The agricultural composting facility has been operating since late-August 2010 and, according to Farm Services, is composting more manure, leaves and landscaping waste than was originally projected – at the rate of about 800 tons of agricultural waste per year.
The facility is state-of-the-art, especially for preventing stormwater runoff to surface water and leaching of nutrients into groundwater.
Although the sale of compost was initially limited to private companies, it has also been sold to the public or dedicated to land mitigation projects on campus in past years. For purchasing information, see "Friday and Saturday Compost Sales" below. In the past, the compost facility has sold out of marketable material in less than one week! The revenue generated from the compost sales goes towards offsetting labor costs, the fuel cost of the compost turner (which is very efficient for a machine that large), and towards fuel costs of the pay loader.
Friday/Saturday Compost Sales
Stay tuned for the announcement next spring regarding 2021 compost sales!
Agricultural composting has been a long-time vision of the College of Agriculture & Natural Resources with 10 proposals being submitted since 1992.
- 2001: Ohio State University study of UConn's nutrient composition and possible facility design.
- 2005: 400+ petition President Austin to construct a compost facility. A Task Force is appointed for further investigation.
- 2006: Compost Facility Task Force issues a comprehensive report and recommends the first site.
- August 2007: Board of Trustees approves $600,000 capital budget for construction of the facility.
- Fall 2007: Public informational meetings are planned and the design process begins.
- December 2007: Informational meeting with neighbors is canceled and alternative site analysis begins.
- Fall 2008: New proposed sites are selected and a public informational open house was held in November.
- Spring 2010+: Facility constructed and fully operational.
Benefits of Composting Compared with Spreading Raw Manure
- Reduction in Odor
- There is little to no odor when applying compost to agricultural land, especially as compared to use of non-composted manure.
- Reduction in Volume
- Semi-solid manure, which is a mix of manure and sawdust, is reduced in volume by 40-50% after composting. Our horse manure is an example of semi-solid manure. Liquid manure, like the manure from our dairy cows, is typically reduced in volume by about 80% after composting.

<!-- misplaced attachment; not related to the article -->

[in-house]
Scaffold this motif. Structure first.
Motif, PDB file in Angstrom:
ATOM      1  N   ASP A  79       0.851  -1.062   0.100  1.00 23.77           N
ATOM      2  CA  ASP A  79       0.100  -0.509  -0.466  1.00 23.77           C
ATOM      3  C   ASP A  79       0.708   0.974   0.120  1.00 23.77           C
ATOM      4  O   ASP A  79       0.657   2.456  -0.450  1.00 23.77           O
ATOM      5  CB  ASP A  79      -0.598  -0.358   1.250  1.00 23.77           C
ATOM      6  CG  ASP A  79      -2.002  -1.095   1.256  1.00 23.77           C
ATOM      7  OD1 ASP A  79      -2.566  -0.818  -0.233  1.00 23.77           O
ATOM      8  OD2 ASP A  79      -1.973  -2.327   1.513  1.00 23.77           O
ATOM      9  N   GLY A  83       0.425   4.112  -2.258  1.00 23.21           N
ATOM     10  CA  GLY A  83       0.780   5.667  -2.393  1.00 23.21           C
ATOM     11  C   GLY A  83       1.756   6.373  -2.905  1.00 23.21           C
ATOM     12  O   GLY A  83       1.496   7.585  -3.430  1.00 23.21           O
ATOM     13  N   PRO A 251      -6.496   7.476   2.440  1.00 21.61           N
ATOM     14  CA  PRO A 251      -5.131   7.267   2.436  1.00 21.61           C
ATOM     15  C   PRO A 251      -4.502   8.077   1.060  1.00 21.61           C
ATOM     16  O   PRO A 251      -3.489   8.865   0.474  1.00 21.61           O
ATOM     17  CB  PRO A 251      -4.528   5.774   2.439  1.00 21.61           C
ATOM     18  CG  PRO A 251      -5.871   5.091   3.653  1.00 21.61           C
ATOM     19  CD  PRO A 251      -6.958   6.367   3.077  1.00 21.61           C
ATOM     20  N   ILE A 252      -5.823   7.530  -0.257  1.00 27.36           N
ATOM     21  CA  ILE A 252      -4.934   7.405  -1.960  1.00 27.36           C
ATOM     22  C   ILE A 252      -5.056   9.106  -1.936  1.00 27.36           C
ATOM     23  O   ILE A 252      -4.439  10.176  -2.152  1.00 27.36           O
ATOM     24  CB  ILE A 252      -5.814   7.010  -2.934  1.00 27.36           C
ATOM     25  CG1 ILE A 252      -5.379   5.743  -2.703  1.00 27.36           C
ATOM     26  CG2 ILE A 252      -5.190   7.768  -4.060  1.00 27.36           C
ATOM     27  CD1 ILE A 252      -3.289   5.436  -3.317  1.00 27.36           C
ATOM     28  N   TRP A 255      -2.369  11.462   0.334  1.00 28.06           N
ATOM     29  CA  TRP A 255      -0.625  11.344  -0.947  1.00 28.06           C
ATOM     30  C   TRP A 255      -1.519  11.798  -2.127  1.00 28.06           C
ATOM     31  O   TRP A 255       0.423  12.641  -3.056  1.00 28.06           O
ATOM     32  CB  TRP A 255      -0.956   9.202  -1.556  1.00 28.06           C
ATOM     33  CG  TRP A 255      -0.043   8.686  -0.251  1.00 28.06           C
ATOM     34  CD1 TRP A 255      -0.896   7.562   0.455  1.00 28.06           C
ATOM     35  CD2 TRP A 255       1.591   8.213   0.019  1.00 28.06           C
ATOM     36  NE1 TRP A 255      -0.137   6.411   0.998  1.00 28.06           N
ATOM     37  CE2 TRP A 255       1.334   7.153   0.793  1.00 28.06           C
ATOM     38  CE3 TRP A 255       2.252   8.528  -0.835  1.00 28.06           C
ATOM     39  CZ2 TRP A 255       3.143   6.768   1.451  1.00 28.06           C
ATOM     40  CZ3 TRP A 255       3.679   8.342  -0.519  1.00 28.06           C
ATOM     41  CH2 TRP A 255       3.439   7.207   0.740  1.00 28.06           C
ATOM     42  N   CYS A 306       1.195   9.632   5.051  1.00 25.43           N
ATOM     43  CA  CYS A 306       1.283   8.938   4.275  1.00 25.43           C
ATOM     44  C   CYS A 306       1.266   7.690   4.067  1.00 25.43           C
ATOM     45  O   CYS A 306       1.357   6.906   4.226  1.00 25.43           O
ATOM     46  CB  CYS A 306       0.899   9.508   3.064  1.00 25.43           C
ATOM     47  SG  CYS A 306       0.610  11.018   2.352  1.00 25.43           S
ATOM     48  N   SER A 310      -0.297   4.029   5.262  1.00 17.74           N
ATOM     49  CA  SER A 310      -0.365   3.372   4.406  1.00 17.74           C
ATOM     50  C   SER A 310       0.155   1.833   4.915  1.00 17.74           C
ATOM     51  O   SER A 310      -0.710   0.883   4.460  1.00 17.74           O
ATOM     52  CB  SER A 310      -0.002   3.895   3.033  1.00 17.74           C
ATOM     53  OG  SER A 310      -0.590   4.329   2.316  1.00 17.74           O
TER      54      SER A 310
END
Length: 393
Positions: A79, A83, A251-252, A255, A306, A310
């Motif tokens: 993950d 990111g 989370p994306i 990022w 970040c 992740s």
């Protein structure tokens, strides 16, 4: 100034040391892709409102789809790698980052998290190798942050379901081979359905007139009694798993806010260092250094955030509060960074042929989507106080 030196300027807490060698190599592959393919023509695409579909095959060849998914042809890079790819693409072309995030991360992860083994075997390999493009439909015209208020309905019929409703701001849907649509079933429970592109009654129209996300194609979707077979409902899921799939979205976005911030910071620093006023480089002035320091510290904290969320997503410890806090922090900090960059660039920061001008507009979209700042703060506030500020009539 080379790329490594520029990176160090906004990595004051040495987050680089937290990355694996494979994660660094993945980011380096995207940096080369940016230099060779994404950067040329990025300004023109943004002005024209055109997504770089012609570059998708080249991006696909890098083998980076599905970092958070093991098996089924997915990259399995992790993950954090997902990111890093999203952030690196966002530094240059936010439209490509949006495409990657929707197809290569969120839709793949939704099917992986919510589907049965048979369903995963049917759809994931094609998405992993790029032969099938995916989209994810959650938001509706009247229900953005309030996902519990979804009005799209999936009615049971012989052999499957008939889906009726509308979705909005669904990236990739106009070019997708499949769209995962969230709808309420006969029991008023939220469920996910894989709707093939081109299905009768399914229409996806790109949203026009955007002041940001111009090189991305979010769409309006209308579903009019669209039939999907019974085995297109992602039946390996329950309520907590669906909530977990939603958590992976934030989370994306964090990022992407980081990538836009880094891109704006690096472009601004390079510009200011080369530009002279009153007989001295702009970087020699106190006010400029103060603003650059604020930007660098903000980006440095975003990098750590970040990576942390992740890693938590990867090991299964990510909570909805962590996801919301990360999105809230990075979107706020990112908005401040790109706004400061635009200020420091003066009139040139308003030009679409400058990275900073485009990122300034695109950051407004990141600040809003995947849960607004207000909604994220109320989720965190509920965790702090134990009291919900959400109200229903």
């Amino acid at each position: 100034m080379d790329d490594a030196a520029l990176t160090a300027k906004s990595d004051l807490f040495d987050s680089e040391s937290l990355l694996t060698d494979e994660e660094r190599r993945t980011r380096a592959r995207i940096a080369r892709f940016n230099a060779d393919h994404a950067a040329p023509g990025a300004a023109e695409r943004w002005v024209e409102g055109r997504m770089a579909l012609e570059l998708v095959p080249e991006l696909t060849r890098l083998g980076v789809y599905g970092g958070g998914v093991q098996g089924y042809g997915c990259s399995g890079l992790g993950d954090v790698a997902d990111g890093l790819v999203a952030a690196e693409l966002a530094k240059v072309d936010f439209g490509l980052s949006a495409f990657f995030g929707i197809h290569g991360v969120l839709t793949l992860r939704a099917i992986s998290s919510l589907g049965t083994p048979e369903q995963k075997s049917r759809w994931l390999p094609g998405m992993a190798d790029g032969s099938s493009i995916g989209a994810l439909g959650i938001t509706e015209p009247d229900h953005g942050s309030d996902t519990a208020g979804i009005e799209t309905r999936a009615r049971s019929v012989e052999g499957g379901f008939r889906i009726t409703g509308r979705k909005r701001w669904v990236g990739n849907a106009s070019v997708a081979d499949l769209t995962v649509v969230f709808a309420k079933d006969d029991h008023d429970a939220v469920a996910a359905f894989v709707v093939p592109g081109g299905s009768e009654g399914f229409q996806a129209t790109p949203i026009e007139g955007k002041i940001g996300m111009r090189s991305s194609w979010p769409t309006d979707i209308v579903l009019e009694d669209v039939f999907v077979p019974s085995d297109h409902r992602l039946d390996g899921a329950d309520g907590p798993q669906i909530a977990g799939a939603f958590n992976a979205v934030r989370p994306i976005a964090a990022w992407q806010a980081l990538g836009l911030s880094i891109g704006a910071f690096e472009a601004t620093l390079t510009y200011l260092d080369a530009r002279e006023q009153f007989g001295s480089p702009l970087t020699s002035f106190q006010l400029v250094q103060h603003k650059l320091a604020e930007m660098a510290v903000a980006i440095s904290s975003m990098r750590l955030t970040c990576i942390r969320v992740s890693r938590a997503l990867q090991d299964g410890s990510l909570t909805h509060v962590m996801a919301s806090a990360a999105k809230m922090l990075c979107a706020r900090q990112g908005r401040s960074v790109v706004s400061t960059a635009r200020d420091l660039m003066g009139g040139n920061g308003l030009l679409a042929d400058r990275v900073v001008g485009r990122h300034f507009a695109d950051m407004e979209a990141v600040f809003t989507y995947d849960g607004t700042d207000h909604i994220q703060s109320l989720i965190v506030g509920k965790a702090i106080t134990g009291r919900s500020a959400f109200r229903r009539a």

- Suppression of plant pathogens in the soil
- Application of compost to soils has been shown to suppress plant pathogens in the soil. There is no evidence that application of manure to soils suppresses plant pathogens.
- Reduction of weed seeds in manure
- Composting substantially reduces the number of weed seeds in semi-solid manure.
- Reduction in soluble nutrients
- Environmental benefits: Composting manure reduces the soluble nutrient content of the manure to almost zero. Soluble nitrogen in manure is easily leached to ground water and soluble phosphorus in manure easily runs off the soil surface to pollute streams, lakes, and ponds. Application of compost to agricultural fields substantially reduces the amount of nitrogen and phosphorus in leachate and runoff from the fields.
- Other benefits include:
- Reducing emissions of greenhouse gases
- Watershed protection due to cleaner agricultural run-off
- Excellent research opportunity with 200+ grants funded in the USDA Sustainable Agriculture program in the past 15 years for compost-related research
- Valuable teaching tool for graduate and undergraduate education
- Opportunities for use by extension offices for demonstrations and training of farmers, municipal employees, etc.
- Demonstration of leadership in best agricultural practices and environmental responsibility
- Cost savings from decreased purchase of mulch and fertilizer